12. I think this blog is excellent in many ways, and it is most interesting, readable/understandable, fresh, and open. I laugh heartily whenever I read a comment accusing the owner of bias. Such a remark is so irrelevant, or at best reflects a fear of honest discourse, or an inability to recognize it.

    The one comment I would make on format is that list of previous articles often included in multiple posts could be replaced by a single link called ‘background’ that could point to one of a set of posts that collect the links to articles of a type. It would streamline the most recent articles, so that a new post on say peak oil could point to a single peak oil article list (that could be kept up to date), while an article on Iraq could have a ‘background’ link that pointed to the Iraq article list.

    Anyone who could not cope with this or was too lazy to do so should be encouraged to click the red X.

  13. Change the comment architecture to allow indented cascading replies (I know my web lingo is probably off here) like TPMCafe, for example. When somebody spouts some BS (present company excepted) it ought to be followed directly by a counter (other than FM).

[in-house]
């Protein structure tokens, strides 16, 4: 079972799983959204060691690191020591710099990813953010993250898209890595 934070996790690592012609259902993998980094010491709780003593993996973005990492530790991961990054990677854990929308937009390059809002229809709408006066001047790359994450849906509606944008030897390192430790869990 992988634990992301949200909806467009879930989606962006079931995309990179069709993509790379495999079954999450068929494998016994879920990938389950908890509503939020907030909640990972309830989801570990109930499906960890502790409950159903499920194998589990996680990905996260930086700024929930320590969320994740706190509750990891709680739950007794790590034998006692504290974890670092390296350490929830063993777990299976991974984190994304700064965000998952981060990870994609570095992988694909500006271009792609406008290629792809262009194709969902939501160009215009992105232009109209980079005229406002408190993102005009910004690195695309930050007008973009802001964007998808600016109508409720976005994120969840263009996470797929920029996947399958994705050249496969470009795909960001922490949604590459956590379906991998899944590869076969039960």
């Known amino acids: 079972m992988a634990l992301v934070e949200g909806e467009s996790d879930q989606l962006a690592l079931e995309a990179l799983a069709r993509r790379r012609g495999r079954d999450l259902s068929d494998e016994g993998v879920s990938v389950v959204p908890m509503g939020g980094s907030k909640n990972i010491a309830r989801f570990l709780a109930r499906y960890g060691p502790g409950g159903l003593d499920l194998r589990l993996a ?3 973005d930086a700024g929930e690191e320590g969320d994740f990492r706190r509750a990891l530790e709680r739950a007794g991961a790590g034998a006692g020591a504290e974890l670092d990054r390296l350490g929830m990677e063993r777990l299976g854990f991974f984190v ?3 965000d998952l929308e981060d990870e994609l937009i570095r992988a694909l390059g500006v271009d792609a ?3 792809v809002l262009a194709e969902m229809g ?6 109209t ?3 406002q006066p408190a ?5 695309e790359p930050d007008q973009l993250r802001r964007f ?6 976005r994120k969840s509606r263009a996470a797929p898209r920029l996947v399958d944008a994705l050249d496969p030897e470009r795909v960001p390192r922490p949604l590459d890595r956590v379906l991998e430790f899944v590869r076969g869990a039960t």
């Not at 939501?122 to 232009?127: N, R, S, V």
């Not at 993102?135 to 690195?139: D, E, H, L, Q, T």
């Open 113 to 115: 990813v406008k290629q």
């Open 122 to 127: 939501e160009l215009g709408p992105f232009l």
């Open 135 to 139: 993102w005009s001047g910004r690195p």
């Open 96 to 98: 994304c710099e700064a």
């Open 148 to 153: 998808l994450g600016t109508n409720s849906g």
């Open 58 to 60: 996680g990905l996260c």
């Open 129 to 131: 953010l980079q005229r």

14. From what little I have read of your blog I have been very impressed- it is indeed pretty unique & informative. Since I am still at a shallow level of understanding much of what’s here, my only suggestion would be from a design standpoint.

    On the page as I view it in MSIE 6.0, there is a light green border on the right side of the window. The text is supposed to go until it hits this light green border, and then wrap around to the left side of the window for the next line. I often find that what actually happens is, a line of text starting on the left side of the window will go until it hits the light green border on the right, and continue under the light green border, re-appearing at the extreme right edge of the window. Then it wraps. In this way, large portions of the comments are un-readable, and I have to copy them into Word or something similar. This bug seems to come and go. If you or your web designer could fix that it would be helpful.